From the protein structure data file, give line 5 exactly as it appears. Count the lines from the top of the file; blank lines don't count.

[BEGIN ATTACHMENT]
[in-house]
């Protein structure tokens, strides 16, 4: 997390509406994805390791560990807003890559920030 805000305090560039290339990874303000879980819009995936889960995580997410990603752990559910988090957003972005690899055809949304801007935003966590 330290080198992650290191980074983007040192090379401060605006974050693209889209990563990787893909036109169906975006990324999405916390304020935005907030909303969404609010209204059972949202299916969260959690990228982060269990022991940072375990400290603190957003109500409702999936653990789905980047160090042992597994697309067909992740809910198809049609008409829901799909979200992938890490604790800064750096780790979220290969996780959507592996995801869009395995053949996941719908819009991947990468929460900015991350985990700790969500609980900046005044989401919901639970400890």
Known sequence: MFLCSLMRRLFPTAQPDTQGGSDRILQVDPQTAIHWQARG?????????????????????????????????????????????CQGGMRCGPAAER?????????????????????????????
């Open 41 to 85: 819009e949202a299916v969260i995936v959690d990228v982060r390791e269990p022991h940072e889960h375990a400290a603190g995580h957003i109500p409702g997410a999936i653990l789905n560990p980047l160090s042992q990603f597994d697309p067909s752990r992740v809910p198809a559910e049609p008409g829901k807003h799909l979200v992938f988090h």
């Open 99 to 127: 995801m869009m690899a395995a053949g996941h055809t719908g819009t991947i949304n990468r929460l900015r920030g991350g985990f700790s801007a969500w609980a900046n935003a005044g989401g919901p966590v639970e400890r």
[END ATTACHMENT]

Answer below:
């Open 99 to 127: 995801m869009m690899a395995a053949g996941h055809t719908g819009t991947i949304n990468r929460l900015r920030g991350g985990f700790s801007a969500w609980a900046n935003a005044g989401g919901p966590v639970e400890r």